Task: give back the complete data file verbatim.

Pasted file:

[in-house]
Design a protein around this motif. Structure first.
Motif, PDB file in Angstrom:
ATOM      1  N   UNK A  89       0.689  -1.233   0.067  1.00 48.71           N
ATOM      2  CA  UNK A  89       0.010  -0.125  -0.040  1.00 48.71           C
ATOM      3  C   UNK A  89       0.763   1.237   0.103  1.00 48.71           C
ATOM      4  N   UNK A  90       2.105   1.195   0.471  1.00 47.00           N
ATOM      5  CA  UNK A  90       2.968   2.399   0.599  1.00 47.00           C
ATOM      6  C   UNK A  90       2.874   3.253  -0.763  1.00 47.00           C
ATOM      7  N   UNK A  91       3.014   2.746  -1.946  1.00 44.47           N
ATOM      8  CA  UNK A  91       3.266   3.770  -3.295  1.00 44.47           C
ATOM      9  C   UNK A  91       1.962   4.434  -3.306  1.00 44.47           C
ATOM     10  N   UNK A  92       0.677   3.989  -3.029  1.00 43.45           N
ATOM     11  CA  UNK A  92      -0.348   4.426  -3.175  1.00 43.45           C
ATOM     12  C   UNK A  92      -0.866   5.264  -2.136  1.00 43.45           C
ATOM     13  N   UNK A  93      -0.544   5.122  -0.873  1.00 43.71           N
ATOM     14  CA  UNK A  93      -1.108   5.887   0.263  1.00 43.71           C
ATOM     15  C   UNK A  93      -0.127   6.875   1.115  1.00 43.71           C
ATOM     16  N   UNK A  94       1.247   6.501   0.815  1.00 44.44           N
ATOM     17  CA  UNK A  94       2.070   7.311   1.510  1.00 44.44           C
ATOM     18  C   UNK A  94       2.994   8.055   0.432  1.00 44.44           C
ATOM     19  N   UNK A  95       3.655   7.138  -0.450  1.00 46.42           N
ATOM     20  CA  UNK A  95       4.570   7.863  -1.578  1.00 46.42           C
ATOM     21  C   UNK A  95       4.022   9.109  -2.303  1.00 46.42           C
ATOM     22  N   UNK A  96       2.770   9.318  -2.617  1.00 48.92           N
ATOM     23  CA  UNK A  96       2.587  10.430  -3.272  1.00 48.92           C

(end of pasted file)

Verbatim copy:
[in-house]
Design a protein around this motif. Structure first.
Motif, PDB file in Angstrom:
ATOM      1  N   UNK A  89       0.689  -1.233   0.067  1.00 48.71           N
ATOM      2  CA  UNK A  89       0.010  -0.125  -0.040  1.00 48.71           C
ATOM      3  C   UNK A  89       0.763   1.237   0.103  1.00 48.71           C
ATOM      4  N   UNK A  90       2.105   1.195   0.471  1.00 47.00           N
ATOM      5  CA  UNK A  90       2.968   2.399   0.599  1.00 47.00           C
ATOM      6  C   UNK A  90       2.874   3.253  -0.763  1.00 47.00           C
ATOM      7  N   UNK A  91       3.014   2.746  -1.946  1.00 44.47           N
ATOM      8  CA  UNK A  91       3.266   3.770  -3.295  1.00 44.47           C
ATOM      9  C   UNK A  91       1.962   4.434  -3.306  1.00 44.47           C
ATOM     10  N   UNK A  92       0.677   3.989  -3.029  1.00 43.45           N
ATOM     11  CA  UNK A  92      -0.348   4.426  -3.175  1.00 43.45           C
ATOM     12  C   UNK A  92      -0.866   5.264  -2.136  1.00 43.45           C
ATOM     13  N   UNK A  93      -0.544   5.122  -0.873  1.00 43.71           N
ATOM     14  CA  UNK A  93      -1.108   5.887   0.263  1.00 43.71           C
ATOM     15  C   UNK A  93      -0.127   6.875   1.115  1.00 43.71           C
ATOM     16  N   UNK A  94       1.247   6.501   0.815  1.00 44.44           N
ATOM     17  CA  UNK A  94       2.070   7.311   1.510  1.00 44.44           C
ATOM     18  C   UNK A  94       2.994   8.055   0.432  1.00 44.44           C
ATOM     19  N   UNK A  95       3.655   7.138  -0.450  1.00 46.42           N
ATOM     20  CA  UNK A  95       4.570   7.863  -1.578  1.00 46.42           C
ATOM     21  C   UNK A  95       4.022   9.109  -2.303  1.00 46.42           C
ATOM     22  N   UNK A  96       2.770   9.318  -2.617  1.00 48.92           N
ATOM     23  CA  UNK A  96       2.587  10.430  -3.272  1.00 48.92           C